Jean-Charles LARSONNEUR (France)

11 January 2023

While Russia’s increasingly aggressive foreign policy, notably the unprovoked full invasion of Ukraine in February 2022, is the principal threat to Allied peace and security today, terrorism remains the main asymmetrical threat. Terrorism has been a key challenge for Allies since the al-Qaeda terrorist attacks on the United States on 11 September 2001. 

This report demonstrates that terrorism is an evolving and complex challenge. The threat facing Allies in 2001 principally came from al-Qaeda as a centrally organised, isolated, and ideologically driven network in Afghanistan. Twenty years later, the threat is more dispersed geographically along the arc of instability from Afghanistan through to the West African coast. The most prominent groups today, al-Qaeda and the Islamic State in Iraq and Syria and their growing network of global affiliates, continue to have expansive goals and networks, and, given the freedom to do so, would seek to plan and execute attacks against Allied populations.

Today, the Sahel appears to be the epicentre of the global terrorism challenge. However, al-Qaeda’s and ISIS’s recent resurfacing across the Middle East and North Africa in terms of scale and scope of attacks suggests they (and their affiliates) are far from being eradicated as a threat. In addition, the resurgence of al-Qaeda and other groups in the Taliban-Haqqani network-controlled Afghanistan is raising concerns that the country has the potential to return to its pre-9/11 days as an unmatched global terrorist group safe haven.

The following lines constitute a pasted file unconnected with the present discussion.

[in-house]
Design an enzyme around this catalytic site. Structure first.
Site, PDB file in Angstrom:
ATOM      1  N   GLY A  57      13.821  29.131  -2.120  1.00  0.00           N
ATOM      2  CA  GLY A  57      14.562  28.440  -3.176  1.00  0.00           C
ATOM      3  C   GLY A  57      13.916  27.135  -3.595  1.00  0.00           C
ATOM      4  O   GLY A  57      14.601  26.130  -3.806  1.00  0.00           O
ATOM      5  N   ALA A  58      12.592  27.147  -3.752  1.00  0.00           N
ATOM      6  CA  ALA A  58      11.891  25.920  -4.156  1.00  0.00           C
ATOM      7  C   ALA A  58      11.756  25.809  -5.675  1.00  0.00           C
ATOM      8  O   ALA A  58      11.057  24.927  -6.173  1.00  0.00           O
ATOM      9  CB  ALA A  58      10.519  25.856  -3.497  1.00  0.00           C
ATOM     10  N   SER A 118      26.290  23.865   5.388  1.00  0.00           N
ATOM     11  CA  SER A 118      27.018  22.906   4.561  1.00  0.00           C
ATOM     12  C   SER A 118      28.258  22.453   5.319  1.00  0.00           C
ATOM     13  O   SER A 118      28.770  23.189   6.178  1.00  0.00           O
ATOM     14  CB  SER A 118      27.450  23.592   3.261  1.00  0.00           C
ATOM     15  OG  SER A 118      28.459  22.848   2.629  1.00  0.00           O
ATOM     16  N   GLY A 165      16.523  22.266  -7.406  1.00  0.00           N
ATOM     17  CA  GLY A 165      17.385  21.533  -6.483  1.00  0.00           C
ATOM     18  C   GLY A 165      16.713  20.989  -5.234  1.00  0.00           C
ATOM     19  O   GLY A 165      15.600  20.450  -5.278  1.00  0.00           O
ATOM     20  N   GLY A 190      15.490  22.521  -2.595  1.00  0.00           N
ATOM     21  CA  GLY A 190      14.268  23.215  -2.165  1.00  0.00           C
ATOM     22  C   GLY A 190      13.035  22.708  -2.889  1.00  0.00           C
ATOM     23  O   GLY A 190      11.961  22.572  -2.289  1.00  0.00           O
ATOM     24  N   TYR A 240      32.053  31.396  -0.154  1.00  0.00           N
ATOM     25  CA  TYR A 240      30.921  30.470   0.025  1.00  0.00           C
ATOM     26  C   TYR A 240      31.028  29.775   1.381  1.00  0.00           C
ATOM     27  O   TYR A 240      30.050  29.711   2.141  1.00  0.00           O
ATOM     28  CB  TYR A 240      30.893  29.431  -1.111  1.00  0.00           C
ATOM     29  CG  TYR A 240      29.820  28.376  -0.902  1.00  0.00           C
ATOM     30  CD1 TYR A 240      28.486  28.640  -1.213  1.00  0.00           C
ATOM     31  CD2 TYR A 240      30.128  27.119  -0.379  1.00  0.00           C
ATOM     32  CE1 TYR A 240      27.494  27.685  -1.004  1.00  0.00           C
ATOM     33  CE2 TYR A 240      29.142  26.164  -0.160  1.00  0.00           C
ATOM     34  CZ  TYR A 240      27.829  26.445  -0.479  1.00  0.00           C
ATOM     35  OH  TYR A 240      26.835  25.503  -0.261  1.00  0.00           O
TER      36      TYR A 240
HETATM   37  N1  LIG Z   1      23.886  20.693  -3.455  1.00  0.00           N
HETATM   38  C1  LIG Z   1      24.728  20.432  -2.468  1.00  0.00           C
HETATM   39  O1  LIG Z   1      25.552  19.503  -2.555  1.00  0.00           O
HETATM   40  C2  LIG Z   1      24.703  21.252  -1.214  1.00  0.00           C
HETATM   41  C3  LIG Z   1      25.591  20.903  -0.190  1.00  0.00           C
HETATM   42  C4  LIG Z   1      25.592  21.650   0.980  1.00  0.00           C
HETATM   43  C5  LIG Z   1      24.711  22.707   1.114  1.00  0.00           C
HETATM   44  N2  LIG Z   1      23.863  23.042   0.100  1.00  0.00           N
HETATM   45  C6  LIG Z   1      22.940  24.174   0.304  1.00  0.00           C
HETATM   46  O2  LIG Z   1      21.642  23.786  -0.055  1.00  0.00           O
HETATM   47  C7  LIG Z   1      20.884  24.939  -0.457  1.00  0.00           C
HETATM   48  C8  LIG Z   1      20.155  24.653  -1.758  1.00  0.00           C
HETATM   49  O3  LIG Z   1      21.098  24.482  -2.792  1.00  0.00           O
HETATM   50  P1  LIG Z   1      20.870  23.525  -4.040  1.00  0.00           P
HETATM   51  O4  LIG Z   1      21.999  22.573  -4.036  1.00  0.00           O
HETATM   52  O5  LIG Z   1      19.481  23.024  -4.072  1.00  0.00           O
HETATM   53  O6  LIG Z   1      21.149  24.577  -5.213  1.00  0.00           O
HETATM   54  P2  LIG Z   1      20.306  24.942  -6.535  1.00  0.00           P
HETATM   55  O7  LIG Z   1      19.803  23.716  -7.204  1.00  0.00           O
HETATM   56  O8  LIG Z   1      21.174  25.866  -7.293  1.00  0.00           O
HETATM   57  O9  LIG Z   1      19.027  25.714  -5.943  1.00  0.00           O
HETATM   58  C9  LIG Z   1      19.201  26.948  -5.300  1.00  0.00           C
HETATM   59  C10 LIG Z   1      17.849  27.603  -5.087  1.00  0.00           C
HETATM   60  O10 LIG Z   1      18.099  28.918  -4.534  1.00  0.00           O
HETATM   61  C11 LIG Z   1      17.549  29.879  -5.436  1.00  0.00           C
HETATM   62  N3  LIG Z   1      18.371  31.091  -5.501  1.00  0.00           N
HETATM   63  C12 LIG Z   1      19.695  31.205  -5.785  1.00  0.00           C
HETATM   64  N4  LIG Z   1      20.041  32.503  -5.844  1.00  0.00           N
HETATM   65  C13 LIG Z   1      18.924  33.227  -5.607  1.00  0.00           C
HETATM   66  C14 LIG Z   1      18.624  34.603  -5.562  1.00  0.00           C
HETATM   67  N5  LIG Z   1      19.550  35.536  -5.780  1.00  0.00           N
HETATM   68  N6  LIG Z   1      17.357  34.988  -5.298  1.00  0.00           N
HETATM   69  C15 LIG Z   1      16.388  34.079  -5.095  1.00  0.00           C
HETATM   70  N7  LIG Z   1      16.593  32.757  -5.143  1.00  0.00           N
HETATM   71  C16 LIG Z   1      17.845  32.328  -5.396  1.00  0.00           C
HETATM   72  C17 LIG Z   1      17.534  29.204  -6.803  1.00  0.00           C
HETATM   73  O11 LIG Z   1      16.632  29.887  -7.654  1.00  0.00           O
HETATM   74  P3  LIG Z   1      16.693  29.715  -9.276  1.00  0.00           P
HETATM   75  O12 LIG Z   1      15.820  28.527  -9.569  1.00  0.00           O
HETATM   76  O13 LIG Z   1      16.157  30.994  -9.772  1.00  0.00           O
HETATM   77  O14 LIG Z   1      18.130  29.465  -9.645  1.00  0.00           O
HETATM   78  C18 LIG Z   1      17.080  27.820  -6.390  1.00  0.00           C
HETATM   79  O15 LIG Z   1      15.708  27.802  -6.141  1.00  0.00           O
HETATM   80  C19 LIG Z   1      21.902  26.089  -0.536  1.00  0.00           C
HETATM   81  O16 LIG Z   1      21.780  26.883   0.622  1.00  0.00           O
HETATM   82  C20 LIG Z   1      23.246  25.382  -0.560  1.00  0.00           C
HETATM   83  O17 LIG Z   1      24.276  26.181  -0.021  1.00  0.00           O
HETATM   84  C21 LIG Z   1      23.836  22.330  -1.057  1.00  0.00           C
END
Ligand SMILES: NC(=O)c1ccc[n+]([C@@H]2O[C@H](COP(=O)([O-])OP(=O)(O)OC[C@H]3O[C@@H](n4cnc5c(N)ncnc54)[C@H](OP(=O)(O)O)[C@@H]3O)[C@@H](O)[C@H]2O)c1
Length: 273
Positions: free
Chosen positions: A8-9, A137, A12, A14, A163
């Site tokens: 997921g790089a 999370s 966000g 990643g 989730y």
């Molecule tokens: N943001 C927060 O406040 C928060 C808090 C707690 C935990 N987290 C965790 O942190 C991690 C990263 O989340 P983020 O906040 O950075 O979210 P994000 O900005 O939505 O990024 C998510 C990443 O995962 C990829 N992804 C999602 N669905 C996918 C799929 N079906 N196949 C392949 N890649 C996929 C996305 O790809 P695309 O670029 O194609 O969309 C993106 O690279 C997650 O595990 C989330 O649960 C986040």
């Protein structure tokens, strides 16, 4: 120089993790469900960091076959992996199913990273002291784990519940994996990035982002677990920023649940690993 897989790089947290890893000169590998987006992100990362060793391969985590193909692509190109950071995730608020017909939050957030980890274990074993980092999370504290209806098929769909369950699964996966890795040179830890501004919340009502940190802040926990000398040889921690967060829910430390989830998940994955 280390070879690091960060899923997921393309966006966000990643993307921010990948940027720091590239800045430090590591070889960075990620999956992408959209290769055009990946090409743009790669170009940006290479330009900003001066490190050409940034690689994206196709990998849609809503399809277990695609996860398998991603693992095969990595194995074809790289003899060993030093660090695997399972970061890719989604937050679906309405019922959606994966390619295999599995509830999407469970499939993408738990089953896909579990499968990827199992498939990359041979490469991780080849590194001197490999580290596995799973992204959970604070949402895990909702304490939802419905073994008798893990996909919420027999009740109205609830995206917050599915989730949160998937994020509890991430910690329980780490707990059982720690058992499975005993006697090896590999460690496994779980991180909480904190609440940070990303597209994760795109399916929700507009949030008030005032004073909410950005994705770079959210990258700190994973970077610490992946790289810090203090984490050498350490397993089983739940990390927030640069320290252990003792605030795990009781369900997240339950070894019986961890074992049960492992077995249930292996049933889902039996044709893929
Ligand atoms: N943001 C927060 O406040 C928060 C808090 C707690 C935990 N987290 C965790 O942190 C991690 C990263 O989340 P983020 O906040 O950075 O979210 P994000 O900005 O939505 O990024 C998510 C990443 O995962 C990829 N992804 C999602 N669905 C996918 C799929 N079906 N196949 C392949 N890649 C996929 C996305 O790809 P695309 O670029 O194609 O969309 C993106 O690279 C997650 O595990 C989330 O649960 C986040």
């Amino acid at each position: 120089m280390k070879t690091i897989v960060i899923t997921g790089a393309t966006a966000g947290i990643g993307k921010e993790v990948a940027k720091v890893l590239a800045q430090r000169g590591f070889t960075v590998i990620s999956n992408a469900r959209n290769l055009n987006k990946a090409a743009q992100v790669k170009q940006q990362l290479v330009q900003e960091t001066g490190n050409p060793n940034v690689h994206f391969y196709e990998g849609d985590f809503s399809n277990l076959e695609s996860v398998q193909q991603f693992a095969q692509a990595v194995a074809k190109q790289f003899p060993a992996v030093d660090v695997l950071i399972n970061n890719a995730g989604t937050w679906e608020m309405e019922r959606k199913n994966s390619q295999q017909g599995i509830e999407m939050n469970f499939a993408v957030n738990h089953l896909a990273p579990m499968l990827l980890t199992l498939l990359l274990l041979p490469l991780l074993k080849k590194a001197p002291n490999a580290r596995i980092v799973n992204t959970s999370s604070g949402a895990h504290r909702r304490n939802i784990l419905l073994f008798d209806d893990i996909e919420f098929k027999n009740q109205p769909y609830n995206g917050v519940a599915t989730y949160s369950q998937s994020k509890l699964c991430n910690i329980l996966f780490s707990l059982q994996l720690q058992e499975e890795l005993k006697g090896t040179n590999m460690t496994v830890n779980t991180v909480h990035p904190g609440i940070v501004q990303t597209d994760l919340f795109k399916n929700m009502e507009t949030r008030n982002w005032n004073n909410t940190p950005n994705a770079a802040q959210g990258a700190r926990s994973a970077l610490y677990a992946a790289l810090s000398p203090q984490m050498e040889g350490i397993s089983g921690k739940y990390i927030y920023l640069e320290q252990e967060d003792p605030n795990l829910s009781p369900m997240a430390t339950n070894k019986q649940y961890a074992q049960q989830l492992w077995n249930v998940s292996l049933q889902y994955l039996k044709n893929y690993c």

This report reviews the current global terrorism challenge as it has evolved in recent years and the persistent threat it poses to Allied populations and interests. It also reviews NATO’s existing policies, initiatives, missions and operations, as well as partner outreach which Allies combine to degrade, disrupt, and deny terrorist groups’ organisational and operating capacities. The conclusion outlines a series of recommendations for Allied parliamentarians. 

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